This command is also available operators to help keep a network of

   IRC servers connected in an orderly fashion.  Operators may also

   issue an SQUIT message for a remote server connection.  In this case,

   the SQUIT must be parsed by each server inbetween the operator and

   the remote server, updating the view of the network held by each

   server as explained below.


   The <comment> should be supplied by all operators who execute a SQUIT

   for a remote server (that is not connected to the server they are

   currently on) so that other operators are aware for the reason of

   this action.  The <comment> is also filled in by servers which may

   place an error or similar message here.


   Both of the servers which are on either side of the connection being

   closed are required to to send out a SQUIT message (to all its other

   server connections) for all other servers which are considered to be

   behind that link.





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   Similarly, a QUIT message must be sent to the other connected servers

   rest of the network on behalf of all clients behind that link.  In

   addition to this, all channel members of a channel which lost a

   member due to the split must be sent a QUIT message.


   If a server connection is terminated prematurely (e.g. the server  on

   the  other  end  of  the  link  died),  the  server  which  detects

   this disconnection is required to inform the rest of  the  network

   that  the connection  has  closed  and  fill  in  the comment field

   with something appropriate.


   Numeric replies:


           ERR_NOPRIVILEGES                ERR_NOSUCHSERVER


   Example:


   SQUIT tolsun.oulu.fi :Bad Link ? ; the server link tolson.oulu.fi has

                                   been terminated because of "Bad Link".


   :Trillian SQUIT cm22.eng.umd.edu :Server out of control

                                    ; message from Trillian to disconnect

                                   "cm22.eng.umd.edu" from the net

                                    because "Server out of control".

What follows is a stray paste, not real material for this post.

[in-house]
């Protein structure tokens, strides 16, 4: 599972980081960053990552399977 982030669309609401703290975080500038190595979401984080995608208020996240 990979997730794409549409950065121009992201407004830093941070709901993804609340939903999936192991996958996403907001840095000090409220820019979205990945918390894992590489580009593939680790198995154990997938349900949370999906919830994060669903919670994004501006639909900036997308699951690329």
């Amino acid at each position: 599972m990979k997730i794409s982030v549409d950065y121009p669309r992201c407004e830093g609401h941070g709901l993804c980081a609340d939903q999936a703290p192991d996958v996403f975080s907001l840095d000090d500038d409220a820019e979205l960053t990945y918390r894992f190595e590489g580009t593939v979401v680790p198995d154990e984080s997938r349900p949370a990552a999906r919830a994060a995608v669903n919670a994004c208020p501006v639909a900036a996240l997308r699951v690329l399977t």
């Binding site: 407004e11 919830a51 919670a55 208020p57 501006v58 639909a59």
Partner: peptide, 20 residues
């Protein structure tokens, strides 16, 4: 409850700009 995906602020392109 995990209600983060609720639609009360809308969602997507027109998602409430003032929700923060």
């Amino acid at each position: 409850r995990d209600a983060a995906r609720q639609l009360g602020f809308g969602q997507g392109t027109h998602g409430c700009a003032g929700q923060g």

4.2 Channel operations


   This group of messages is concerned with manipulating channels, their

   properties (channel modes), and their contents (typically clients).

   In implementing these, a number of race conditions are inevitable

   when clients at opposing ends of a network send commands which will

   ultimately clash.  It is also required that servers keep a nickname

   history to ensure that wherever a <nick> parameter is given, the

   server check its history in case it has recently been changed.


4.2.1 Join message


      Command: JOIN

   Parameters: <channel>{,<channel>} [<key>{,<key>}]


   The JOIN command is used by client to start listening a specific

   channel. Whether or not a client is allowed to join a channel is

   checked only by the server the client is connected to; all other

   servers automatically add the user to the channel when it is received

   from other servers.  The conditions which affect this are as follows:


           1.  the user must be invited if the channel is invite-only;





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           2.  the user's nick/username/hostname must not match any

               active bans;


           3.  the correct key (password) must be given if it is set.


   These are discussed in more detail under the MODE command (see

   section 4.2.3 for more details).


   Once a user has joined a channel, they receive notice about all

   commands their server receives which affect the channel.  This

   includes MODE, KICK, PART, QUIT and of course PRIVMSG/NOTICE.  The

   JOIN command needs to be broadcast to all servers so that each server

   knows where to find the users who are on the channel.  This allows

   optimal delivery of PRIVMSG/NOTICE messages to the channel.


   If a JOIN is successful, the user is then sent the channel's topic

   (using RPL_TOPIC) and the list of users who are on the channel (using

   RPL_NAMREPLY), which must include the user joining.